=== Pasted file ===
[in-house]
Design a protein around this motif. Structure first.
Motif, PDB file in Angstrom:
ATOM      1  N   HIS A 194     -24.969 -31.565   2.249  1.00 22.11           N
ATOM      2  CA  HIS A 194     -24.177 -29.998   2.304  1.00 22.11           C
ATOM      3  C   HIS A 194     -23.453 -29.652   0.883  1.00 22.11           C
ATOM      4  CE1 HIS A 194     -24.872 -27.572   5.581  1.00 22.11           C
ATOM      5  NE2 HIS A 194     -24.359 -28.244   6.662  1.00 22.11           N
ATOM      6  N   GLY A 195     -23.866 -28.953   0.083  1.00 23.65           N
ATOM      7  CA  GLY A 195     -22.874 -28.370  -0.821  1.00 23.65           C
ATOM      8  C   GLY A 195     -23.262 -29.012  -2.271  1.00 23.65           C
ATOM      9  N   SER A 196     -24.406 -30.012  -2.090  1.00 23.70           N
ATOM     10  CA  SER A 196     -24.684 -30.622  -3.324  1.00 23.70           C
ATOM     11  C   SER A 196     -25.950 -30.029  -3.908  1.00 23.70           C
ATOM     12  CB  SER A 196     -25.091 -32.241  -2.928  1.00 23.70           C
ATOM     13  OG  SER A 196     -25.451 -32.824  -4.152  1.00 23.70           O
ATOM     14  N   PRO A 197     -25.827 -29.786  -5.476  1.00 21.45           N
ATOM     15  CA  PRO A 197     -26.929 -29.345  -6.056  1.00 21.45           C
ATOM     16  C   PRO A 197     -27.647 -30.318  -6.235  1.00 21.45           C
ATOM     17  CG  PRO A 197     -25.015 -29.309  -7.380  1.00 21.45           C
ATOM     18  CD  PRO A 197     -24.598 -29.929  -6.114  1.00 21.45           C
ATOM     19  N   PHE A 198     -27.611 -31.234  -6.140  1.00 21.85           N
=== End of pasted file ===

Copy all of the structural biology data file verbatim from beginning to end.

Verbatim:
[in-house]
Design a protein around this motif. Structure first.
Motif, PDB file in Angstrom:
ATOM      1  N   HIS A 194     -24.969 -31.565   2.249  1.00 22.11           N
ATOM      2  CA  HIS A 194     -24.177 -29.998   2.304  1.00 22.11           C
ATOM      3  C   HIS A 194     -23.453 -29.652   0.883  1.00 22.11           C
ATOM      4  CE1 HIS A 194     -24.872 -27.572   5.581  1.00 22.11           C
ATOM      5  NE2 HIS A 194     -24.359 -28.244   6.662  1.00 22.11           N
ATOM      6  N   GLY A 195     -23.866 -28.953   0.083  1.00 23.65           N
ATOM      7  CA  GLY A 195     -22.874 -28.370  -0.821  1.00 23.65           C
ATOM      8  C   GLY A 195     -23.262 -29.012  -2.271  1.00 23.65           C
ATOM      9  N   SER A 196     -24.406 -30.012  -2.090  1.00 23.70           N
ATOM     10  CA  SER A 196     -24.684 -30.622  -3.324  1.00 23.70           C
ATOM     11  C   SER A 196     -25.950 -30.029  -3.908  1.00 23.70           C
ATOM     12  CB  SER A 196     -25.091 -32.241  -2.928  1.00 23.70           C
ATOM     13  OG  SER A 196     -25.451 -32.824  -4.152  1.00 23.70           O
ATOM     14  N   PRO A 197     -25.827 -29.786  -5.476  1.00 21.45           N
ATOM     15  CA  PRO A 197     -26.929 -29.345  -6.056  1.00 21.45           C
ATOM     16  C   PRO A 197     -27.647 -30.318  -6.235  1.00 21.45           C
ATOM     17  CG  PRO A 197     -25.015 -29.309  -7.380  1.00 21.45           C
ATOM     18  CD  PRO A 197     -24.598 -29.929  -6.114  1.00 21.45           C
ATOM     19  N   PHE A 198     -27.611 -31.234  -6.140  1.00 21.85           N